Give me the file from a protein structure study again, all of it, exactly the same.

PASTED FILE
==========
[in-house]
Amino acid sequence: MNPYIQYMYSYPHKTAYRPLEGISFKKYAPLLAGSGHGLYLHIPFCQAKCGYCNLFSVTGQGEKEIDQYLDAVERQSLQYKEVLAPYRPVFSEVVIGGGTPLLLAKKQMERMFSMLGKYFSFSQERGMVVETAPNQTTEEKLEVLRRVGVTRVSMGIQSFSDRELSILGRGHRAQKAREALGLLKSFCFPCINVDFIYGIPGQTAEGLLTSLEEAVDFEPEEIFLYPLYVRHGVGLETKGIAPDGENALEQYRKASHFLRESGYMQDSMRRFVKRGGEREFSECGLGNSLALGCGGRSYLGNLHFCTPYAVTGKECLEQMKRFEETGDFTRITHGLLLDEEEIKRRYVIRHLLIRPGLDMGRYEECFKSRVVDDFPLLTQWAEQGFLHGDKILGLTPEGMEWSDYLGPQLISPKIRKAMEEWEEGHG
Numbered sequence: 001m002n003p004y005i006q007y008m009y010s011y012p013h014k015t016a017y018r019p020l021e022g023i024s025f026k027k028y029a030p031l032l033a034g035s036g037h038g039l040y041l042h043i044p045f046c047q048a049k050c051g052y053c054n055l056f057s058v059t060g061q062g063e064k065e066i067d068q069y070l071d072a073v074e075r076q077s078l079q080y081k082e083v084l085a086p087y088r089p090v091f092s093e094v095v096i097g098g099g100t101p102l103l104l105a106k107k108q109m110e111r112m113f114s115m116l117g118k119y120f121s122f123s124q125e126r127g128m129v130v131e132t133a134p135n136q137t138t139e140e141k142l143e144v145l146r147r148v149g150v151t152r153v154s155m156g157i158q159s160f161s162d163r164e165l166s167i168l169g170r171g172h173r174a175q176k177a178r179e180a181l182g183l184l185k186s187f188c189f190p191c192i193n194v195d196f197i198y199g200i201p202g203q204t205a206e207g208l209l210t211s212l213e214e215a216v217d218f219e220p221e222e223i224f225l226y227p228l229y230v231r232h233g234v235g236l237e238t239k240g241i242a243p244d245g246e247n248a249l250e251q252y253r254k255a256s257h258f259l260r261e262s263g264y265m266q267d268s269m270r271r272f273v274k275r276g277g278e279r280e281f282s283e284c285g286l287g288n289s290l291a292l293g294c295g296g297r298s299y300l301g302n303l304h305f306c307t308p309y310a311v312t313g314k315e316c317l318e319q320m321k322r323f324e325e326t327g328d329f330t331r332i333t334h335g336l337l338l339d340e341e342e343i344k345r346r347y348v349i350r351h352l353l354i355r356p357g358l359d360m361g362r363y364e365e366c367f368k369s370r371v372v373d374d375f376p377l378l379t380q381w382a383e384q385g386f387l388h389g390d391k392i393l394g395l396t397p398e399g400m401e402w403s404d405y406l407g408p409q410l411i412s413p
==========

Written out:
[in-house]
Amino acid sequence: MNPYIQYMYSYPHKTAYRPLEGISFKKYAPLLAGSGHGLYLHIPFCQAKCGYCNLFSVTGQGEKEIDQYLDAVERQSLQYKEVLAPYRPVFSEVVIGGGTPLLLAKKQMERMFSMLGKYFSFSQERGMVVETAPNQTTEEKLEVLRRVGVTRVSMGIQSFSDRELSILGRGHRAQKAREALGLLKSFCFPCINVDFIYGIPGQTAEGLLTSLEEAVDFEPEEIFLYPLYVRHGVGLETKGIAPDGENALEQYRKASHFLRESGYMQDSMRRFVKRGGEREFSECGLGNSLALGCGGRSYLGNLHFCTPYAVTGKECLEQMKRFEETGDFTRITHGLLLDEEEIKRRYVIRHLLIRPGLDMGRYEECFKSRVVDDFPLLTQWAEQGFLHGDKILGLTPEGMEWSDYLGPQLISPKIRKAMEEWEEGHG
Numbered sequence: 001m002n003p004y005i006q007y008m009y010s011y012p013h014k015t016a017y018r019p020l021e022g023i024s025f026k027k028y029a030p031l032l033a034g035s036g037h038g039l040y041l042h043i044p045f046c047q048a049k050c051g052y053c054n055l056f057s058v059t060g061q062g063e064k065e066i067d068q069y070l071d072a073v074e075r076q077s078l079q080y081k082e083v084l085a086p087y088r089p090v091f092s093e094v095v096i097g098g099g100t101p102l103l104l105a106k107k108q109m110e111r112m113f114s115m116l117g118k119y120f121s122f123s124q125e126r127g128m129v130v131e132t133a134p135n136q137t138t139e140e141k142l143e144v145l146r147r148v149g150v151t152r153v154s155m156g157i158q159s160f161s162d163r164e165l166s167i168l169g170r171g172h173r174a175q176k177a178r179e180a181l182g183l184l185k186s187f188c189f190p191c192i193n194v195d196f197i198y199g200i201p202g203q204t205a206e207g208l209l210t211s212l213e214e215a216v217d218f219e220p221e222e223i224f225l226y227p228l229y230v231r232h233g234v235g236l237e238t239k240g241i242a243p244d245g246e247n248a249l250e251q252y253r254k255a256s257h258f259l260r261e262s263g264y265m266q267d268s269m270r271r272f273v274k275r276g277g278e279r280e281f282s283e284c285g286l287g288n289s290l291a292l293g294c295g296g297r298s299y300l301g302n303l304h305f306c307t308p309y310a311v312t313g314k315e316c317l318e319q320m321k322r323f324e325e326t327g328d329f330t331r332i333t334h335g336l337l338l339d340e341e342e343i344k345r346r347y348v349i350r351h352l353l354i355r356p357g358l359d360m361g362r363y364e365e366c367f368k369s370r371v372v373d374d375f376p377l378l379t380q381w382a383e384q385g386f387l388h389g390d391k392i393l394g395l396t397p398e399g400m401e402w403s404d405y406l407g408p409q410l411i412s413p